Eupatorus gracilicornis

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Eupatorus gracilicornis
Eupatorus gracilicornis Vol.jpg
Scientific classification
Kingdom: Animalia
Phylum: Arthropoda
Class: Insecta
Order: Coleoptera
Suborder: Polyphaga
Infraorder: Scarabaeiformia
Superfamily: Scarabaeoidea
Family: Scarabaeidae
Subfamily: Dynastinae
Genus: Eupatorus
Species: Eupatorus gracilicornis
Binomial name
Eupatorus gracilicornis
Arrow, 1908[1]

Eupatorus gracilicornis, the five-horned rhinoceros beetle, is a beetle that has four large horns on the prothorax and one extra-long cephalic horn. Rhinoceros beetles, the Dynastinae, are a subfamily of the scarab beetle family (Scarabaeidae). They are also known as Hercules beetles, unicorn beetles, or horn beetles. There are over 300 described species of these beetles, best known for their bizarre shapes and large size.

The range of the five-horned rhinoceros beetle is Southeast Asia[need quotation to verify]. Its coloring is shiny jet-black, while the elytra or fore wings are colored yellow or gold. The body is covered by a thick exoskeleton and a pair of thick wings lay atop another set of membranous wings underneath, allowing the beetle to fly, although not very efficiently, owing to its large size.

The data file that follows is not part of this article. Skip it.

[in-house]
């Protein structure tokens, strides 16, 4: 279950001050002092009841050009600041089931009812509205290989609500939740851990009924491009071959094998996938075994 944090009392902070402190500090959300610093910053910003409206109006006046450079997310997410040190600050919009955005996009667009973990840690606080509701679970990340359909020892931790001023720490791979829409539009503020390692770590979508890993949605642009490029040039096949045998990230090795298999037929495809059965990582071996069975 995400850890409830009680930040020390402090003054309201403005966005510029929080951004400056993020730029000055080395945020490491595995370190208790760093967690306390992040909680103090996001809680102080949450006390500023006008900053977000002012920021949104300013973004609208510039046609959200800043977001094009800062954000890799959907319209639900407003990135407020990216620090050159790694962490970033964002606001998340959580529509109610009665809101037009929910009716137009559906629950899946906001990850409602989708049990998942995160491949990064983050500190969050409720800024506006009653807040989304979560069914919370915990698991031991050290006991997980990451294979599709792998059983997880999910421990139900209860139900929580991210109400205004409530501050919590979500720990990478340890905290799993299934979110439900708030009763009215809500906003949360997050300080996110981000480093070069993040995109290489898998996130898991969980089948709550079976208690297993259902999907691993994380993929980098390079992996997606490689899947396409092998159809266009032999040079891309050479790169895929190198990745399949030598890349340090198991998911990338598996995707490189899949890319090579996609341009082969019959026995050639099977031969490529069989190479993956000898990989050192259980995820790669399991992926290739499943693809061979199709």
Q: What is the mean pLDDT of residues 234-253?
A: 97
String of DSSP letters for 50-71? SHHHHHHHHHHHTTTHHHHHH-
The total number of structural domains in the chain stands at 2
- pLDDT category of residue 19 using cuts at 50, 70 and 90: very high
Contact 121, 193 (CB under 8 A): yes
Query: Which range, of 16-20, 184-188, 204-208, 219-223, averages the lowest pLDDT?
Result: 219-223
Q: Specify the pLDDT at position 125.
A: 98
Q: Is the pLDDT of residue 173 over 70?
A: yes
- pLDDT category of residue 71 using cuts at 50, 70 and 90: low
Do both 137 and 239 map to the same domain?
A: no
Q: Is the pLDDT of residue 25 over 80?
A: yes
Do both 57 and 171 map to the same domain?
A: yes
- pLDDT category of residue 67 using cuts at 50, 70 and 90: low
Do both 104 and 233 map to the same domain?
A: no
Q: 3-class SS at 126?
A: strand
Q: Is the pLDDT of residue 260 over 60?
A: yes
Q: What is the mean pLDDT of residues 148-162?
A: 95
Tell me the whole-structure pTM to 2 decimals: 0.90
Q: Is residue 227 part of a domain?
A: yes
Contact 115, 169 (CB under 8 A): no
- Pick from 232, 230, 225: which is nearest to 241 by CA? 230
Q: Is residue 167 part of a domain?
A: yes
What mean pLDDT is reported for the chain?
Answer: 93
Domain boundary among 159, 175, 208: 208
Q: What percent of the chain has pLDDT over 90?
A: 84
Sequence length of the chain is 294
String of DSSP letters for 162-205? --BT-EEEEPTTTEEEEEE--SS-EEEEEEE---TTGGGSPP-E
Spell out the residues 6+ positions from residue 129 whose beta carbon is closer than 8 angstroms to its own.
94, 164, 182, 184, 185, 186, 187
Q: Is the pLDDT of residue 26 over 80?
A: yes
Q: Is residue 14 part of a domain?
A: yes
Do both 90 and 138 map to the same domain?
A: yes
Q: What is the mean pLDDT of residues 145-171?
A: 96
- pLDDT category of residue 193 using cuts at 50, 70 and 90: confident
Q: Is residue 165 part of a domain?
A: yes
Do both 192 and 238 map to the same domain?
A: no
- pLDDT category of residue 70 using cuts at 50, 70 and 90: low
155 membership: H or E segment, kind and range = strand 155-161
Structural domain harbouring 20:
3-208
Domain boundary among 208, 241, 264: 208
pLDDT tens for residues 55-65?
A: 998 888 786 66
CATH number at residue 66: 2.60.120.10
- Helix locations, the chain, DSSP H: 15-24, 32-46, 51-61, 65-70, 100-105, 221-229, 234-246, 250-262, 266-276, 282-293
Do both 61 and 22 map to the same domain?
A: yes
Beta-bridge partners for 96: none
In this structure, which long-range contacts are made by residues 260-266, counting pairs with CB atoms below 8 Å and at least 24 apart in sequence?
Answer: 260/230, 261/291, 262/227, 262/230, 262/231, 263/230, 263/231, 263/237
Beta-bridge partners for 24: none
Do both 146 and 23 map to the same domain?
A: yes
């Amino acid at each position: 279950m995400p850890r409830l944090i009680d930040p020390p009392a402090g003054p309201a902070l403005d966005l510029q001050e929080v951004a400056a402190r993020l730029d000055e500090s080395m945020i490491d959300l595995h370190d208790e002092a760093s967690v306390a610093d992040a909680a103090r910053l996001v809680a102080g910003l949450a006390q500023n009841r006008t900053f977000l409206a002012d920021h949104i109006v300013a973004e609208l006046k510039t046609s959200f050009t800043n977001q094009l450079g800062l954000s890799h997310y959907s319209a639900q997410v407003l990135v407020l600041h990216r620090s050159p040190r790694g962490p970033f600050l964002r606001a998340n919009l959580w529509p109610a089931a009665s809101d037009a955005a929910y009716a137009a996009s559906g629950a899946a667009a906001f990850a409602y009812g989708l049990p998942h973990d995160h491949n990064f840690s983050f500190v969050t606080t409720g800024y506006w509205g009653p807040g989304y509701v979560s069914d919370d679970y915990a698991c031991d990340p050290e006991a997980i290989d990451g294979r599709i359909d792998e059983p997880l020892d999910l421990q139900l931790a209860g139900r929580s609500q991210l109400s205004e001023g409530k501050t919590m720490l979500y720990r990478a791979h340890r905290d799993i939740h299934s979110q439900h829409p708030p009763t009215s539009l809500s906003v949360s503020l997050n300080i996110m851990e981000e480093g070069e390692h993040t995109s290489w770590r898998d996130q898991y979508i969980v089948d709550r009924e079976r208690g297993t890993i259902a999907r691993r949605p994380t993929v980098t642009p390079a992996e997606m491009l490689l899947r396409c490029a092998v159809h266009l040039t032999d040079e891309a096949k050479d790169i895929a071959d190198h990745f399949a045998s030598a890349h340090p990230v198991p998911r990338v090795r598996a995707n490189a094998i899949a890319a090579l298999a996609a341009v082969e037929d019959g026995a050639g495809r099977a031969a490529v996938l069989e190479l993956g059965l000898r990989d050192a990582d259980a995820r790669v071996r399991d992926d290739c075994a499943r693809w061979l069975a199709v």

The flying season is usually in September, when most of the males usually appear to wait for copulation. Its length is 50–95 mm. As a larva, its diet is rotten wood. Its adult diet consists of nectar, plant sap and fruit. It was first described by the British entomologist Gilbert John Arrow in 1908.

References[edit]

  1. ^ Arrow, G.J. 1908: "A contribution to the classification of the coleopterous family Dynastidae," Transactions of the Entomological Society of London, 2: 321-358.